Nearly one billion people confined to homes globally to curb virus
This picture shows a woman walking alone in the Place de la Mairie in the city centre of Aix en Provence, southern France deserted due to a strict lockdown to stop the spread of the COVID-19 in the country. AFP
Close to one billion people worldwide were confined to their homes on Saturday as the global coronavirus death toll shot past 11,000 and US states rolled out lockdown measures already imposed across swathes of Europe.
The pandemic has completely upended lives across the planet, restricting movement, shutting schools and forcing millions to work from home. While President Donald Trump insisted the United States was "winning" the war against the virus, individual states dramatically ramped up restrictions, with New York and Illinois joining California in ordering residents to stay home.
The virus death toll surged past 11,000 worldwide, with 4,000 alone in worst-hit Italy where the daily number of fatalities has shot up relentlessly over the past week. An estimated 900 million people are now confined to their homes in 35 countries around the world -- including 600 million hemmed in by obligatory government lockdown orders -- according to an AFP tally.
While the elderly and those with pre-existing medical conditions are the hardest hit by the virus, the World Health Organization warned that young people were also vulnerable. "Today I have a message for young people: you are not invincible. This virus could put you in hospital for weeks -- or even kill you," WHO chief Tedros Adhanom Ghebreyesus said. "Even if you don't get sick, the choices you make about where you go could be the difference between life and death for someone else."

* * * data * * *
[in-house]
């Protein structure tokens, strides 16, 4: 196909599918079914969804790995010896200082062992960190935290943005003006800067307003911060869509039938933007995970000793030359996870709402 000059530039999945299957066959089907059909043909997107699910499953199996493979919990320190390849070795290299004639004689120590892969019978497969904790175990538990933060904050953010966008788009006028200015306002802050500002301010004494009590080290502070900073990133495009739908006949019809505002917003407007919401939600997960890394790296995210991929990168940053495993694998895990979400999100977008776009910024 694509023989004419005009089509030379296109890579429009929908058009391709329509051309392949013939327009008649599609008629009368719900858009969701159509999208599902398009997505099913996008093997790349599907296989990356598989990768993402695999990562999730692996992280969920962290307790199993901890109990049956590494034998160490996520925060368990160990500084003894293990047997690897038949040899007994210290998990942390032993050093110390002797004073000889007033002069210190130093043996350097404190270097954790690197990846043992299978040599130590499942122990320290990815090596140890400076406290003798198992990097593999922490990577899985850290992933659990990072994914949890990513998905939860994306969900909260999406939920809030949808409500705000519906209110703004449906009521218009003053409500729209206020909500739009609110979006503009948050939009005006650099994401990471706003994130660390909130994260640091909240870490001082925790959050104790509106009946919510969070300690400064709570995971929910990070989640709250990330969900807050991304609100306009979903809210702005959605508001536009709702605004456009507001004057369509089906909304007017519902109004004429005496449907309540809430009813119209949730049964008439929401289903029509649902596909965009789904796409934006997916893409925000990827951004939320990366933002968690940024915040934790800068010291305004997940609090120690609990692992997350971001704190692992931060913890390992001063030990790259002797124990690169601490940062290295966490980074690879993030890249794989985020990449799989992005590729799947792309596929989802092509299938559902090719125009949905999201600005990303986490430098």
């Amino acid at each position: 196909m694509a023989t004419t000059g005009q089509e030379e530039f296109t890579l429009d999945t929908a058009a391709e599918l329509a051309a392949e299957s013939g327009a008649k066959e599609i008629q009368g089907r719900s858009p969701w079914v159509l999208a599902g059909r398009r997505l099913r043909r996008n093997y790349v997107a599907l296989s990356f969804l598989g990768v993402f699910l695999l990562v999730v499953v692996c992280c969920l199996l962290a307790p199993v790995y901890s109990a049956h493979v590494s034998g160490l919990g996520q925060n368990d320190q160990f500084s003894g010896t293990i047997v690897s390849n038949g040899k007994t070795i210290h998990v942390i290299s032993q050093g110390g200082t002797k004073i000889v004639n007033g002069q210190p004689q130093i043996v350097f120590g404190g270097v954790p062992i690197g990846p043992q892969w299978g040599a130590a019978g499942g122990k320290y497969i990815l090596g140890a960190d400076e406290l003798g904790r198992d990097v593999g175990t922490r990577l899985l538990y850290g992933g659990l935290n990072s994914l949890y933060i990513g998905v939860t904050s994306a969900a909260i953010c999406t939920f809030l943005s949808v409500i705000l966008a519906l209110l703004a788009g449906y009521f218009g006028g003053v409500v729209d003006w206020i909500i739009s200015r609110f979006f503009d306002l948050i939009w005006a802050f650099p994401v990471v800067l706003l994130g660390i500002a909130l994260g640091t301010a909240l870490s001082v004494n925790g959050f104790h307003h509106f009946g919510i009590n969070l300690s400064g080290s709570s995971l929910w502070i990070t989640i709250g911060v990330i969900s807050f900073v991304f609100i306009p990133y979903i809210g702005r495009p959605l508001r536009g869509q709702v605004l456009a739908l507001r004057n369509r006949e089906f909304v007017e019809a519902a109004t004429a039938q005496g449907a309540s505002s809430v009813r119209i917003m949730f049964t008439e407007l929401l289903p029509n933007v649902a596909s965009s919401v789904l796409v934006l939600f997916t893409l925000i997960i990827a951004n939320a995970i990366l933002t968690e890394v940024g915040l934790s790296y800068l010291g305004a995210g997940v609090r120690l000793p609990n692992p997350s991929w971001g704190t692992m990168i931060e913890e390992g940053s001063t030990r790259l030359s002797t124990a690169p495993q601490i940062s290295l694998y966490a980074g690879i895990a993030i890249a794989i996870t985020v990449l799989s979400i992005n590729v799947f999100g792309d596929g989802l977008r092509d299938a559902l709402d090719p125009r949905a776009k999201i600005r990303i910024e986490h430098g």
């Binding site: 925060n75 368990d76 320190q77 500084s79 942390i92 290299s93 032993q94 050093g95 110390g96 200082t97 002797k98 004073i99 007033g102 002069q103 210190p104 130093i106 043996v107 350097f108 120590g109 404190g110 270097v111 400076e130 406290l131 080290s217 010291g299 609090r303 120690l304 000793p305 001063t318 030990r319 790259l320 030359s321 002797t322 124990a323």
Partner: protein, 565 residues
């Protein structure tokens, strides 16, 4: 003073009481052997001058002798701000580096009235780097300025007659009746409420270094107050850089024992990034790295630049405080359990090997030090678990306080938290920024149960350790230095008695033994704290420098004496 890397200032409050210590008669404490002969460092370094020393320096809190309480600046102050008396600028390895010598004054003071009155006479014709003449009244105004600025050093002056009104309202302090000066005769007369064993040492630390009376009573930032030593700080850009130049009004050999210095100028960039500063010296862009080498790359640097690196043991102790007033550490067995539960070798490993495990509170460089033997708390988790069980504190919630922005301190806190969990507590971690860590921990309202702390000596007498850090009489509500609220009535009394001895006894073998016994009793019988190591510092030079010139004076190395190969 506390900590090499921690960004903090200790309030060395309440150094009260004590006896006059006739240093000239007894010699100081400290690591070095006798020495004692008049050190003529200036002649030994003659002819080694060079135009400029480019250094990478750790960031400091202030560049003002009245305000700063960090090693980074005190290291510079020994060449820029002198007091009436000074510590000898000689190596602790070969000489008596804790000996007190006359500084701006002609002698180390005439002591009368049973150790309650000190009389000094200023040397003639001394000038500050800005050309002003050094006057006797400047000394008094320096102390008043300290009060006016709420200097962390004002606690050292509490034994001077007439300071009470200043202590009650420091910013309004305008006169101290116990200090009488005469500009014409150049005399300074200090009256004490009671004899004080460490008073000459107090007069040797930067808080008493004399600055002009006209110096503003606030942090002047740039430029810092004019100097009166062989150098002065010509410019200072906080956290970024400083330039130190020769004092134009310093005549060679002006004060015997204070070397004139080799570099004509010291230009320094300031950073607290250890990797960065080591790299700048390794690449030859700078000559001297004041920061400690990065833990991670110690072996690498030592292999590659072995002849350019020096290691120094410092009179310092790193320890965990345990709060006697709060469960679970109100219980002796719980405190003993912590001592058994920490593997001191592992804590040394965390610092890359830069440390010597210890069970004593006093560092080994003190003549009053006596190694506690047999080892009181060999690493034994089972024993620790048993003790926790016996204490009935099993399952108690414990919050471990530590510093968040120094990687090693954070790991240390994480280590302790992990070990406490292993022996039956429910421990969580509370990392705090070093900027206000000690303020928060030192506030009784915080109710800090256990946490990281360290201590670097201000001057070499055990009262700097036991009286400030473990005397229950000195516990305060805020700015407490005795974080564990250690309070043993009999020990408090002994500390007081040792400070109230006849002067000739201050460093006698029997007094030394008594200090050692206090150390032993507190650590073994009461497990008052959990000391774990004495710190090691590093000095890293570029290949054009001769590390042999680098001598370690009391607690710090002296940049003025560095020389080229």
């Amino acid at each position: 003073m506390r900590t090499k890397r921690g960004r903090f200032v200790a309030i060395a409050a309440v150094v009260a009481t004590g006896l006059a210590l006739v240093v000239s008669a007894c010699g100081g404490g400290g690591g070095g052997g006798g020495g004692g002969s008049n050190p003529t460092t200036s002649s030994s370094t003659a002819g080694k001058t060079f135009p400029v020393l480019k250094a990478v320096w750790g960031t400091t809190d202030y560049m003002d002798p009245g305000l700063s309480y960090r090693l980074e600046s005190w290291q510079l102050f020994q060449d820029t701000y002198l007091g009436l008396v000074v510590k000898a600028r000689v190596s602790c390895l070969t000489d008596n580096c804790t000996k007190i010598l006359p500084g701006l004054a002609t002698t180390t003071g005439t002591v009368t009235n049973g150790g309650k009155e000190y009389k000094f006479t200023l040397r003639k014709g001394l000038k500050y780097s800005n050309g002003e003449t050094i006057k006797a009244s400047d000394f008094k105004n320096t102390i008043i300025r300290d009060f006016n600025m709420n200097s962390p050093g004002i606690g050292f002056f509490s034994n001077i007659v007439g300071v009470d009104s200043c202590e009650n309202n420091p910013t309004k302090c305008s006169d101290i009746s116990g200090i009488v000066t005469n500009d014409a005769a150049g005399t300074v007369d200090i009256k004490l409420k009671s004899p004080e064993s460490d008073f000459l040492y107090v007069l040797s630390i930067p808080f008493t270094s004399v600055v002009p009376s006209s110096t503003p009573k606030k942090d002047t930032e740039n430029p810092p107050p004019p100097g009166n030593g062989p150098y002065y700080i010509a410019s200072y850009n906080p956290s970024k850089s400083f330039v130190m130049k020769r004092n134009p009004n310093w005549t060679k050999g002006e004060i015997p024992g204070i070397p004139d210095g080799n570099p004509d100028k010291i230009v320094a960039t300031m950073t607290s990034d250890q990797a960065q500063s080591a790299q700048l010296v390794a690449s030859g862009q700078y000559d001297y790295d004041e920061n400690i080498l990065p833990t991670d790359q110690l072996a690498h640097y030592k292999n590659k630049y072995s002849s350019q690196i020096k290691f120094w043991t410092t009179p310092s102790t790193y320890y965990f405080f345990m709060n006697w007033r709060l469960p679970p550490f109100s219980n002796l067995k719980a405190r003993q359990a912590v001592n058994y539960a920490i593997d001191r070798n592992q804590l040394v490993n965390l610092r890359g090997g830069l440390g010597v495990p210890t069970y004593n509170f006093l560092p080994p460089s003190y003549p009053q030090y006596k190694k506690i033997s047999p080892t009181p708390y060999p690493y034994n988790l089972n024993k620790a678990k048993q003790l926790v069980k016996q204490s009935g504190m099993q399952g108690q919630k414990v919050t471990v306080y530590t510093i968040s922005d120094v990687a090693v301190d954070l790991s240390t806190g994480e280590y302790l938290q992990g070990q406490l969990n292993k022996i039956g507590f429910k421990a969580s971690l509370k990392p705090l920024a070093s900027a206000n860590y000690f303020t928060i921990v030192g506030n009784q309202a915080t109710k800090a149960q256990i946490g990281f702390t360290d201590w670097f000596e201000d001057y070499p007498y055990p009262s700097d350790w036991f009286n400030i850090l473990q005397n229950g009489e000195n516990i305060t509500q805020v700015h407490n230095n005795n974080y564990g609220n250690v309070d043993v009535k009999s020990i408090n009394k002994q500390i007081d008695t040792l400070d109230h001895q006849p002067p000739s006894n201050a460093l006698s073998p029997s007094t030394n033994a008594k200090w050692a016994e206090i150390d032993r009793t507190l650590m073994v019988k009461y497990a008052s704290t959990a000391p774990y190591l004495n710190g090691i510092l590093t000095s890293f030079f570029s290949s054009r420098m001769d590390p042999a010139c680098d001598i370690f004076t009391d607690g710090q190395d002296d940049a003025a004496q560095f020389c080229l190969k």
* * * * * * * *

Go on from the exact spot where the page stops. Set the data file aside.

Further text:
China on Saturday reported no new local infections for a third straight day, and the WHO said the central Chinese city of Wuhan, where the virus emerged late last year, offered a glimmer of "hope for the rest of the world".
But there are growing concerns of a new wave of "imported" infections in the region, with Hong Kong reporting 48 suspected cases on Friday –- its biggest daily jump since the crisis began. Many of them have a recent history of travel to or from Europe. Italy reported its worst single day death toll Friday, adding another 627 fatalities and taking its reported total to 4,032 despite efforts to stem the spread.
The nation of 60 million now accounts for 36 percent of the world's coronavirus deaths and its death rate of 8.6 percent among confirmed infections is significantly higher than in most other countries. France, Italy, Spain and other European countries have ordered people to stay at home, threatening fines in some cases, while Bavaria became the first region in Germany to order a lockdown.
Britain, falling in line with its EU neighbours, also announced tougher restrictions, telling pubs, restaurants and theatres to close and promising to help cover the wages of affected workers. Australia's famed Bondi beach was also ordered shut after sunbathers crowded the hotspot in defiance of government orders to avoid non-essential outdoor gatherings.